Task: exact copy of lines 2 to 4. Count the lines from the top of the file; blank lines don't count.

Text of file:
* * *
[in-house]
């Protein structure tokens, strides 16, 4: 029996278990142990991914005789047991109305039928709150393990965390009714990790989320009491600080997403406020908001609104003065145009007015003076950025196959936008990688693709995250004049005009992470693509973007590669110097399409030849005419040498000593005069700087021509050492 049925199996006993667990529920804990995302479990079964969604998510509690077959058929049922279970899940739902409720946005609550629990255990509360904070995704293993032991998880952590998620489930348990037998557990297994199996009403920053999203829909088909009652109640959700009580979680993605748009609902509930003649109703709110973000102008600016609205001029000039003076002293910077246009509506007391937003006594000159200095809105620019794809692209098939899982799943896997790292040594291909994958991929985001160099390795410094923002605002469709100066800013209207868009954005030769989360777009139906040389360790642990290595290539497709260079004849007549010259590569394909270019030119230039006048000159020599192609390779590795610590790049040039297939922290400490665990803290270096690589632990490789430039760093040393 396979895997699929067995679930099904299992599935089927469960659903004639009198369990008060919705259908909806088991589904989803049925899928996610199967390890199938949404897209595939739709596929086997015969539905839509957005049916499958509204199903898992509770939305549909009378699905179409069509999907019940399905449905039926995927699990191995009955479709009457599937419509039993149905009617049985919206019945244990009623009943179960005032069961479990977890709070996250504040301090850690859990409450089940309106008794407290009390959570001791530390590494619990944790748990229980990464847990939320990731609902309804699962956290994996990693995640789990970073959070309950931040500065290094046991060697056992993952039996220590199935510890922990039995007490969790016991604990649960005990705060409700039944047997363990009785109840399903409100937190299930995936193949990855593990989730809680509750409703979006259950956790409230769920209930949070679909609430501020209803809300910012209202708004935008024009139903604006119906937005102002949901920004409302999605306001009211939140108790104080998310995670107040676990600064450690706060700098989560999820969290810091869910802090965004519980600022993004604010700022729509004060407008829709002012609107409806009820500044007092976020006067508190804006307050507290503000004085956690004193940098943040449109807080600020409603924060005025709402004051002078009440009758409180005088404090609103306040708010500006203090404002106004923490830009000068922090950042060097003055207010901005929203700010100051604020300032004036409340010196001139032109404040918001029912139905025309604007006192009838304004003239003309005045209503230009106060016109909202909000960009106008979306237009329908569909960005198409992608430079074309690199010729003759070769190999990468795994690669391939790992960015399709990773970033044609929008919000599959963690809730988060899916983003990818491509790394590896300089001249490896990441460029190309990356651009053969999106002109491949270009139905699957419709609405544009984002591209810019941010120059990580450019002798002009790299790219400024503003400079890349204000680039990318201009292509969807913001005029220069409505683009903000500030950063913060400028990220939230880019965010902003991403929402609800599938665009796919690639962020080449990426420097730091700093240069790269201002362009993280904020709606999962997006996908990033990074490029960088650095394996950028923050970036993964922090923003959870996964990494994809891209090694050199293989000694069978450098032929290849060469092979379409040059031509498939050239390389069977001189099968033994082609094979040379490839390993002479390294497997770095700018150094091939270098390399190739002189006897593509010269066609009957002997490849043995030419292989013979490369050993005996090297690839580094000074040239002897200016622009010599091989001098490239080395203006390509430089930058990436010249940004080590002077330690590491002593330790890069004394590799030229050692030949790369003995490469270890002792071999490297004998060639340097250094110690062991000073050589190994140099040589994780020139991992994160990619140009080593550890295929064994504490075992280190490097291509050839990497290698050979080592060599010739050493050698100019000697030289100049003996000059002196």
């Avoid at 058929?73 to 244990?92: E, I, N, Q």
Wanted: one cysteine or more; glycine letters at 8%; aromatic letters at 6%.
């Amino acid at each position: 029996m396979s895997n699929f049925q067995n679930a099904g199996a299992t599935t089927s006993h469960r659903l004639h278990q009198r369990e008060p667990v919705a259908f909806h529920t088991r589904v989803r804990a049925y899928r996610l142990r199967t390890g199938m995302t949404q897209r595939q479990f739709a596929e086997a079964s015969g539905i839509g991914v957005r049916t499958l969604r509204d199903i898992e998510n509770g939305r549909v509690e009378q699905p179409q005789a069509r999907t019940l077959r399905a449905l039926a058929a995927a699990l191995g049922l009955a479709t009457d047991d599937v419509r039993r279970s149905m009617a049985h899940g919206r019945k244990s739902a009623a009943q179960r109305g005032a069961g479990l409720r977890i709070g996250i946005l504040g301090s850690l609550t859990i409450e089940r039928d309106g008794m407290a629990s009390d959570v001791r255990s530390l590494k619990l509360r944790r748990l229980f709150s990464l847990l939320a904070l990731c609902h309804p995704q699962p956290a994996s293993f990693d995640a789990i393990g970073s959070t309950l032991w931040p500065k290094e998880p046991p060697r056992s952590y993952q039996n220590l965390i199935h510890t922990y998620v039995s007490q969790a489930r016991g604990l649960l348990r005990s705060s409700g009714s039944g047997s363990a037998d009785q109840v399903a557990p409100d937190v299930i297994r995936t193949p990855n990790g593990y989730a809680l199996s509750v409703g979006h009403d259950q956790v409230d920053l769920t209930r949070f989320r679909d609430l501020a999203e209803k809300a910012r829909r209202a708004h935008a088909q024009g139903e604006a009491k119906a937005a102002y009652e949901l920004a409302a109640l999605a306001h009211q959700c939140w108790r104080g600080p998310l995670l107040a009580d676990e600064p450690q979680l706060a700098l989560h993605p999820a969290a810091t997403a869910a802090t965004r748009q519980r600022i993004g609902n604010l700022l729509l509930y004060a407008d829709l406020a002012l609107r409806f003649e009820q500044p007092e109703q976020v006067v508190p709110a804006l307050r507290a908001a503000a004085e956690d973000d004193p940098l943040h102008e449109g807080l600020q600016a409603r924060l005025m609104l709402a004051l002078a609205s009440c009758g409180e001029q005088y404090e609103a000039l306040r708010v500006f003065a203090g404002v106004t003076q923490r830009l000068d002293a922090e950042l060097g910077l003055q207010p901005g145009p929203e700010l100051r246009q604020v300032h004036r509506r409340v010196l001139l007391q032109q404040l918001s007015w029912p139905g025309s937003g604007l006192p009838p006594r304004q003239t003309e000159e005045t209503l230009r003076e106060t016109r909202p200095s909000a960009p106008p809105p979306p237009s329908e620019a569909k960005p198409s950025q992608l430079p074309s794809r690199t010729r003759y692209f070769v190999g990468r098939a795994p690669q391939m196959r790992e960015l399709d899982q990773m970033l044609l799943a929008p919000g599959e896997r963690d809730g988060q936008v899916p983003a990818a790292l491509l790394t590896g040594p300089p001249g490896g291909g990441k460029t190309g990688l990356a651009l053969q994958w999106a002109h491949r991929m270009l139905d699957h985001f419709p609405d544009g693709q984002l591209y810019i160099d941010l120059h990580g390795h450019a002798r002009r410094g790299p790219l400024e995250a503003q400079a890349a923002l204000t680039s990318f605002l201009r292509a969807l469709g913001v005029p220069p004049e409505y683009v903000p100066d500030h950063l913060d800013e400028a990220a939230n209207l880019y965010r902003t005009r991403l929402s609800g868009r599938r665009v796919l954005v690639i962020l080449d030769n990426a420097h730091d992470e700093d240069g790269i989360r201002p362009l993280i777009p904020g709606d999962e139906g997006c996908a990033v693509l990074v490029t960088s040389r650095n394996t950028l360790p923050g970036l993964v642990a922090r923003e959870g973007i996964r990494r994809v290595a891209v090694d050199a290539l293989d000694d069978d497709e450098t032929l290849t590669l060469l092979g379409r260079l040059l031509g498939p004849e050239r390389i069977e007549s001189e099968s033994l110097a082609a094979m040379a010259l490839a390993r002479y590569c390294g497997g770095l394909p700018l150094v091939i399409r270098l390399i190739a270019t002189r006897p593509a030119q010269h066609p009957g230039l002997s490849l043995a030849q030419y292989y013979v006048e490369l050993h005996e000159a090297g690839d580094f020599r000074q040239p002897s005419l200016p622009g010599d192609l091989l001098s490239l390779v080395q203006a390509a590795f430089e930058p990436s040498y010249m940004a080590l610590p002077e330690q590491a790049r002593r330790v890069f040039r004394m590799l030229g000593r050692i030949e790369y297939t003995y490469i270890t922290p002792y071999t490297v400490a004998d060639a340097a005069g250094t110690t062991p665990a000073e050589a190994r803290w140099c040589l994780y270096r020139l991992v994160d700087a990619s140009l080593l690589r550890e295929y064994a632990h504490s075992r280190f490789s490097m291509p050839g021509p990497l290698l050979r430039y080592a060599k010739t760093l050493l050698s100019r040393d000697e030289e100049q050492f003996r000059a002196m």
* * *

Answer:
């Protein structure tokens, strides 16, 4: 029996278990142990991914005789047991109305039928709150393990965390009714990790989320009491600080997403406020908001609104003065145009007015003076950025196959936008990688693709995250004049005009992470693509973007590669110097399409030849005419040498000593005069700087021509050492 049925199996006993667990529920804990995302479990079964969604998510509690077959058929049922279970899940739902409720946005609550629990255990509360904070995704293993032991998880952590998620489930348990037998557990297994199996009403920053999203829909088909009652109640959700009580979680993605748009609902509930003649109703709110973000102008600016609205001029000039003076002293910077246009509506007391937003006594000159200095809105620019794809692209098939899982799943896997790292040594291909994958991929985001160099390795410094923002605002469709100066800013209207868009954005030769989360777009139906040389360790642990290595290539497709260079004849007549010259590569394909270019030119230039006048000159020599192609390779590795610590790049040039297939922290400490665990803290270096690589632990490789430039760093040393 396979895997699929067995679930099904299992599935089927469960659903004639009198369990008060919705259908909806088991589904989803049925899928996610199967390890199938949404897209595939739709596929086997015969539905839509957005049916499958509204199903898992509770939305549909009378699905179409069509999907019940399905449905039926995927699990191995009955479709009457599937419509039993149905009617049985919206019945244990009623009943179960005032069961479990977890709070996250504040301090850690859990409450089940309106008794407290009390959570001791530390590494619990944790748990229980990464847990939320990731609902309804699962956290994996990693995640789990970073959070309950931040500065290094046991060697056992993952039996220590199935510890922990039995007490969790016991604990649960005990705060409700039944047997363990009785109840399903409100937190299930995936193949990855593990989730809680509750409703979006259950956790409230769920209930949070679909609430501020209803809300910012209202708004935008024009139903604006119906937005102002949901920004409302999605306001009211939140108790104080998310995670107040676990600064450690706060700098989560999820969290810091869910802090965004519980600022993004604010700022729509004060407008829709002012609107409806009820500044007092976020006067508190804006307050507290503000004085956690004193940098943040449109807080600020409603924060005025709402004051002078009440009758409180005088404090609103306040708010500006203090404002106004923490830009000068922090950042060097003055207010901005929203700010100051604020300032004036409340010196001139032109404040918001029912139905025309604007006192009838304004003239003309005045209503230009106060016109909202909000960009106008979306237009329908569909960005198409992608430079074309690199010729003759070769190999990468795994690669391939790992960015399709990773970033044609929008919000599959963690809730988060899916983003990818491509790394590896300089001249490896990441460029190309990356651009053969999106002109491949270009139905699957419709609405544009984002591209810019941010120059990580450019002798002009790299790219400024503003400079890349204000680039990318201009292509969807913001005029220069409505683009903000500030950063913060400028990220939230880019965010902003991403929402609800599938665009796919690639962020080449990426420097730091700093240069790269201002362009993280904020709606999962997006996908990033990074490029960088650095394996950028923050970036993964922090923003959870996964990494994809891209090694050199293989000694069978450098032929290849060469092979379409040059031509498939050239390389069977001189099968033994082609094979040379490839390993002479390294497997770095700018150094091939270098390399190739002189006897593509010269066609009957002997490849043995030419292989013979490369050993005996090297690839580094000074040239002897200016622009010599091989001098490239080395203006390509430089930058990436010249940004080590002077330690590491002593330790890069004394590799030229050692030949790369003995490469270890002792071999490297004998060639340097250094110690062991000073050589190994140099040589994780020139991992994160990619140009080593550890295929064994504490075992280190490097291509050839990497290698050979080592060599010739050493050698100019000697030289100049003996000059002196």
């Avoid at 058929?73 to 244990?92: E, I, N, Q």
Wanted: one cysteine or more; glycine letters at 8%; aromatic letters at 6%.